Wednesday, August 13, 2008

Husbandry and Parenting

This week I'm listening to the round-up of sermons on husbandry and parenting posted by UA. Monday I listened to C.J.'s talk ("A Husband's Responsibilities and How to Change") given a few years back at a Covenant Life marriage retreat. It was classic C.J.--filled with the cross, insightful, and practically helpful.

Here are a few thoughts and quotes that were instructive for me. I'd encourage everyone to take a listen. If you can find the archives, apparently the address before this one was for wives, and judging from the sideline comments here and there, it must've been a good one.

Some thoughts:

Ephesians 5 was the main text. There C.J. defined a husband's love for his wife primarily as sacrifice. Sacrifice is the pattern of the husband's love and the proof of the husband's love.

The sermon also drew on 1 John 3, pointing to the Savior's sacrifice at Calvary as the model of sacrificial love. From there, C.J. offered this main application question:

"What am I doing each day to serve my wife that involves sacrifice, that costs me something?"

Personally, I was ashamed that for years my wife has nearly daily asked me, "How may I serve you today?" And I know that what she has in mind is helping me in a way that is only appropriate for a wife to help her husband. In what manner uniquely suited to her calling as my wife, my helpmeet, can she give herself in service to me, the family, and the calling the Lord has placed on our lives? And yet, until I heard this question from C.J., I don't think there has been one day where I've put the same question to her in terms of "sacrifice"? I've asked how I could help, etc., but I realized something of the greater depths of my selfishness once sacrifice as a daily inquiry was proposed.

And not to project my guilt and shame onto others, but it's all the more shameful in my case because I think that I observe selfishness as the primary male sin in marriage. A significant number of irritations, problems, fights, and despairing moments for wives are traced to their husband's selfishness. I see it all the time in conversations and counseling settings. And I see it more clearly in my own heart following this message.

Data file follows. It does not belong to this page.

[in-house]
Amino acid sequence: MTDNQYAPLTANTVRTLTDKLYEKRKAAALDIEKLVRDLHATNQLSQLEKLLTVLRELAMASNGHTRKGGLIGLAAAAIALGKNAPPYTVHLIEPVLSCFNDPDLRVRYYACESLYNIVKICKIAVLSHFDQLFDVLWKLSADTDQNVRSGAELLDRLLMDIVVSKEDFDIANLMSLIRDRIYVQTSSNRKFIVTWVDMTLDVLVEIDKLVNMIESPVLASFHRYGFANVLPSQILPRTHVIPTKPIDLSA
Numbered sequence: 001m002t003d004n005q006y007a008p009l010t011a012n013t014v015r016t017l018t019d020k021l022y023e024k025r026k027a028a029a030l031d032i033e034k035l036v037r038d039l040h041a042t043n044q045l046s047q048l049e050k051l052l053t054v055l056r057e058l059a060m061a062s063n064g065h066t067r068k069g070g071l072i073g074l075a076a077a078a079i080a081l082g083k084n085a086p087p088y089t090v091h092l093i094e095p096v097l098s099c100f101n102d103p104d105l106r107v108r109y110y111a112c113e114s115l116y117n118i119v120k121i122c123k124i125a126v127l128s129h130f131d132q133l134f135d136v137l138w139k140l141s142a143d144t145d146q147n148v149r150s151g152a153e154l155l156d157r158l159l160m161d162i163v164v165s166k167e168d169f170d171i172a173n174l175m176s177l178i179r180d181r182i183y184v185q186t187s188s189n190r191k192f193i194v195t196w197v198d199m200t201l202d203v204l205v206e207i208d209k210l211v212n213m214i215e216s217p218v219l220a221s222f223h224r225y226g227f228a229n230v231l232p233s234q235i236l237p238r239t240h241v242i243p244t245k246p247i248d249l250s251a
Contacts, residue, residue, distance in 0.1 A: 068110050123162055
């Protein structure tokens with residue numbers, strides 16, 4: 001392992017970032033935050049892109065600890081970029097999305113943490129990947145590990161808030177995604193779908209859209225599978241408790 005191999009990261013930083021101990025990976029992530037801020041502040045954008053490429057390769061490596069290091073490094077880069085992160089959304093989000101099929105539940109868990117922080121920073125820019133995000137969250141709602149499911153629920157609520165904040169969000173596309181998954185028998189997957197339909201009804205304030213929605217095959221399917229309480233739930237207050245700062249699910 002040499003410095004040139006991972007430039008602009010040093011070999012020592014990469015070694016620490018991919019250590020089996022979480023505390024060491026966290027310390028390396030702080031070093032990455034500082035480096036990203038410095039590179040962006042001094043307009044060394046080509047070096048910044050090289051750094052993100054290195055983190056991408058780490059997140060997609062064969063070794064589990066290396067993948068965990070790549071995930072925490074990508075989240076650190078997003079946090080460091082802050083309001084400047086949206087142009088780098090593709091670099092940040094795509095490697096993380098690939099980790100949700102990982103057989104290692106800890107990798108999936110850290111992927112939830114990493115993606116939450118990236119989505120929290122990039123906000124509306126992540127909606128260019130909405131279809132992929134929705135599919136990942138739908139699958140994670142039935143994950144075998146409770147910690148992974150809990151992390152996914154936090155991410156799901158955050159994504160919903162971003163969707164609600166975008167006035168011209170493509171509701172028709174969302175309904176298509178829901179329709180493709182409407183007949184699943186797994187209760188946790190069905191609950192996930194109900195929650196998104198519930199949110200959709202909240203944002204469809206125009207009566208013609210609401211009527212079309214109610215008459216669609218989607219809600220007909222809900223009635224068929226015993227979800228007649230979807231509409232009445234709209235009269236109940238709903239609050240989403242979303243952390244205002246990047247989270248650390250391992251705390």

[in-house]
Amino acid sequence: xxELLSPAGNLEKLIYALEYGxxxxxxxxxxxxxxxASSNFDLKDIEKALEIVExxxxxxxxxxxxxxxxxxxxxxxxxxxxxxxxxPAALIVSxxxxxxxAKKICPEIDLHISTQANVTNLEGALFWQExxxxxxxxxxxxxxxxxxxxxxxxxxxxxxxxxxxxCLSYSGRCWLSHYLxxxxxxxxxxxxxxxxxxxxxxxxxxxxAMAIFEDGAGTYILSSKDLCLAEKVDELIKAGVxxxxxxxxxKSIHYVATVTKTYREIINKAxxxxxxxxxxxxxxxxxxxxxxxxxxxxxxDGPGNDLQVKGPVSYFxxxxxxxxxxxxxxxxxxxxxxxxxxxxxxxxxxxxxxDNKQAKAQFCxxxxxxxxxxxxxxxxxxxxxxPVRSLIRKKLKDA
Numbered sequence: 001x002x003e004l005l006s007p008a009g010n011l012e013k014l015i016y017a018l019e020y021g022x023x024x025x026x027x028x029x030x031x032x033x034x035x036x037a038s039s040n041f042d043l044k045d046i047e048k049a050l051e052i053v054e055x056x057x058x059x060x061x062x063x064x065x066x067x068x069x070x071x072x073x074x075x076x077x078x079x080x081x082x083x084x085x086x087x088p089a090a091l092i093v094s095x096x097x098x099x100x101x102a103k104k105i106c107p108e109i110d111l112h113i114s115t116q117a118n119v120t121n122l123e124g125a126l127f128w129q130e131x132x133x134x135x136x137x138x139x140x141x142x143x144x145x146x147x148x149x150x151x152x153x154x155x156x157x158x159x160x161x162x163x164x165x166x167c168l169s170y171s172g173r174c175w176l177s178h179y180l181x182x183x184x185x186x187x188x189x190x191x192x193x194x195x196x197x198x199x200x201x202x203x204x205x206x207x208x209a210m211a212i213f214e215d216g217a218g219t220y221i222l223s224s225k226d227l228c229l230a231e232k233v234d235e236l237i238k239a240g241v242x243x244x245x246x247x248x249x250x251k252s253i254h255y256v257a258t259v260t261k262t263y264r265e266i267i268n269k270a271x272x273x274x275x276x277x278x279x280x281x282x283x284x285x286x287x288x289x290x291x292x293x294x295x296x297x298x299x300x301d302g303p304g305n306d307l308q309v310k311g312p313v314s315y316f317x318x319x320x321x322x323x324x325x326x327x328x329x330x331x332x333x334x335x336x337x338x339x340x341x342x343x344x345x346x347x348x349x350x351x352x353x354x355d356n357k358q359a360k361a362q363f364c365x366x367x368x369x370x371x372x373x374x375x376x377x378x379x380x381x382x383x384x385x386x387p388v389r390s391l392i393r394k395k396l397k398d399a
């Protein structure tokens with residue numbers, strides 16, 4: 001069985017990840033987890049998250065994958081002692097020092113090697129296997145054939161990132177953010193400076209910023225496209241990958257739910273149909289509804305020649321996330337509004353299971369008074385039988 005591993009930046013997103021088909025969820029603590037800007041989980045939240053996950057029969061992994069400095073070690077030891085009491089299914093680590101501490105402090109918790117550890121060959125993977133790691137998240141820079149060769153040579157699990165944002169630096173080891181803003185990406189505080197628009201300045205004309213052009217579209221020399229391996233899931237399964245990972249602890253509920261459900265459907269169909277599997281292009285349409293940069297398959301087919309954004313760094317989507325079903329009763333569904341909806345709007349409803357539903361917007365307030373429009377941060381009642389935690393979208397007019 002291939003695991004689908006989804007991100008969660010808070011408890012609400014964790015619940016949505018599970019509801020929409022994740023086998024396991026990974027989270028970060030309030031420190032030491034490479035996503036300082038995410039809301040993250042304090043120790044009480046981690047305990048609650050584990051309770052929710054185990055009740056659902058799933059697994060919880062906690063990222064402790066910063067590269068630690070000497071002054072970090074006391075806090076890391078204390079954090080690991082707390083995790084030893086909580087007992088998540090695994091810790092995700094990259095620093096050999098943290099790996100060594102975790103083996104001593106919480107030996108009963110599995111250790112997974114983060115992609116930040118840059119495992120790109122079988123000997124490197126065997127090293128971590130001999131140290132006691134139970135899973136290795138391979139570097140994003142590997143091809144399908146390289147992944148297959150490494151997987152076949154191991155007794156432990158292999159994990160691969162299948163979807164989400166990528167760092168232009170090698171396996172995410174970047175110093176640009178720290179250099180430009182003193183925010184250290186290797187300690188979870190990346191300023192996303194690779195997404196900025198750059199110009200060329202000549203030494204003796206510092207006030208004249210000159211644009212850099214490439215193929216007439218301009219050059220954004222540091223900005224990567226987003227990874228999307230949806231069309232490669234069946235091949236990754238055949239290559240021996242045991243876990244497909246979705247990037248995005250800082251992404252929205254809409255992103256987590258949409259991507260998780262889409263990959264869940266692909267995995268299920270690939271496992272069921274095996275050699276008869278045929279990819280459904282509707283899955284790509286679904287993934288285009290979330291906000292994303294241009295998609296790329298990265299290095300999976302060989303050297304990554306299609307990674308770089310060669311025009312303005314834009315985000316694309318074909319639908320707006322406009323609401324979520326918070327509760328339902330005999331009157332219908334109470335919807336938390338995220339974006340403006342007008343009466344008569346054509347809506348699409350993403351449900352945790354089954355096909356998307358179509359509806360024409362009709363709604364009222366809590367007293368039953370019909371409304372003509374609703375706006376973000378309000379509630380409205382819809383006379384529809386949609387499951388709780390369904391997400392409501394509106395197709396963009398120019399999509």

C.J. goes on to point out that the sacrifice "must be for a biblical purpose" (Eph. 5:26). It must be "to make her holy". We are to "sacrifice so that an environment is created that is conducive for growth in godliness for our wives."

Three things are suggested for creating an environment conducive for our wives' growth in godliness.

1. I, the husband, must grow in godliness. "If a husband is not growing in godliness, there is no sacrifice he can make to ensure that his wife grows in godliness." Confessing some irritation at men who show no desire to grow in godliness and acknowledging some exceptions due to how long a wife or husband has been a Christian, C.J. argues, "The norm is to be a husband whose zeal is at least similar to, and, in my (C.J.'s) opinion, superior to his wife's."